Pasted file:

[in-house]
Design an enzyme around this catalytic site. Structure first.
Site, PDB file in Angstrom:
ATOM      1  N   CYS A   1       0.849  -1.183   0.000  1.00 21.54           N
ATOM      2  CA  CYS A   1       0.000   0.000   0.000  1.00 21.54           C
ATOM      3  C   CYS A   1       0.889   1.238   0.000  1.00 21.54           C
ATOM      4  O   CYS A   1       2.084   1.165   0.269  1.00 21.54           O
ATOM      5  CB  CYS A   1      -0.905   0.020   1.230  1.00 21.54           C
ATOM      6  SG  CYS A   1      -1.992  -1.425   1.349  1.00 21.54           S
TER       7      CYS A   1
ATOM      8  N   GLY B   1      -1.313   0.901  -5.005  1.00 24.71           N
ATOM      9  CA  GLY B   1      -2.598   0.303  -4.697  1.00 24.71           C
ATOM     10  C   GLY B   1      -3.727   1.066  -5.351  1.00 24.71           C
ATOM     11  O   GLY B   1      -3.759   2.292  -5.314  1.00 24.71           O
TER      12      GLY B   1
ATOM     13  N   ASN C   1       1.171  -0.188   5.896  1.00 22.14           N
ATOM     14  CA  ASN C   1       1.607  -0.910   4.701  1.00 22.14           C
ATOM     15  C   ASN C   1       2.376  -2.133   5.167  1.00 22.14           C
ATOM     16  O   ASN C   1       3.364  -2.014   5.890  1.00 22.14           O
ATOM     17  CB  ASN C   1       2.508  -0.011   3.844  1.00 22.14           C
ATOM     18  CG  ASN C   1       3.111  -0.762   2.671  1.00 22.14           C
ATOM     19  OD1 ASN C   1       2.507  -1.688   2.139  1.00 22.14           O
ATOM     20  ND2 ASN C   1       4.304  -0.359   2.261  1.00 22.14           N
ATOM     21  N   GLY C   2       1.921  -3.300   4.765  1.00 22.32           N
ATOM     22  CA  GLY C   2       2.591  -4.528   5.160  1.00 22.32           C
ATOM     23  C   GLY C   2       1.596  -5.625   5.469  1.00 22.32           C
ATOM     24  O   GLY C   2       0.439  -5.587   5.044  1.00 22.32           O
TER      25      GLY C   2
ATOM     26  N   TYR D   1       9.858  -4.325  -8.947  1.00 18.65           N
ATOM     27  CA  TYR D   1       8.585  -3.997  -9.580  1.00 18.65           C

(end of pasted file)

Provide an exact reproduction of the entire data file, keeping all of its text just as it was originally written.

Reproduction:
[in-house]
Design an enzyme around this catalytic site. Structure first.
Site, PDB file in Angstrom:
ATOM      1  N   CYS A   1       0.849  -1.183   0.000  1.00 21.54           N
ATOM      2  CA  CYS A   1       0.000   0.000   0.000  1.00 21.54           C
ATOM      3  C   CYS A   1       0.889   1.238   0.000  1.00 21.54           C
ATOM      4  O   CYS A   1       2.084   1.165   0.269  1.00 21.54           O
ATOM      5  CB  CYS A   1      -0.905   0.020   1.230  1.00 21.54           C
ATOM      6  SG  CYS A   1      -1.992  -1.425   1.349  1.00 21.54           S
TER       7      CYS A   1
ATOM      8  N   GLY B   1      -1.313   0.901  -5.005  1.00 24.71           N
ATOM      9  CA  GLY B   1      -2.598   0.303  -4.697  1.00 24.71           C
ATOM     10  C   GLY B   1      -3.727   1.066  -5.351  1.00 24.71           C
ATOM     11  O   GLY B   1      -3.759   2.292  -5.314  1.00 24.71           O
TER      12      GLY B   1
ATOM     13  N   ASN C   1       1.171  -0.188   5.896  1.00 22.14           N
ATOM     14  CA  ASN C   1       1.607  -0.910   4.701  1.00 22.14           C
ATOM     15  C   ASN C   1       2.376  -2.133   5.167  1.00 22.14           C
ATOM     16  O   ASN C   1       3.364  -2.014   5.890  1.00 22.14           O
ATOM     17  CB  ASN C   1       2.508  -0.011   3.844  1.00 22.14           C
ATOM     18  CG  ASN C   1       3.111  -0.762   2.671  1.00 22.14           C
ATOM     19  OD1 ASN C   1       2.507  -1.688   2.139  1.00 22.14           O
ATOM     20  ND2 ASN C   1       4.304  -0.359   2.261  1.00 22.14           N
ATOM     21  N   GLY C   2       1.921  -3.300   4.765  1.00 22.32           N
ATOM     22  CA  GLY C   2       2.591  -4.528   5.160  1.00 22.32           C
ATOM     23  C   GLY C   2       1.596  -5.625   5.469  1.00 22.32           C
ATOM     24  O   GLY C   2       0.439  -5.587   5.044  1.00 22.32           O
TER      25      GLY C   2
ATOM     26  N   TYR D   1       9.858  -4.325  -8.947  1.00 18.65           N
ATOM     27  CA  TYR D   1       8.585  -3.997  -9.580  1.00 18.65           C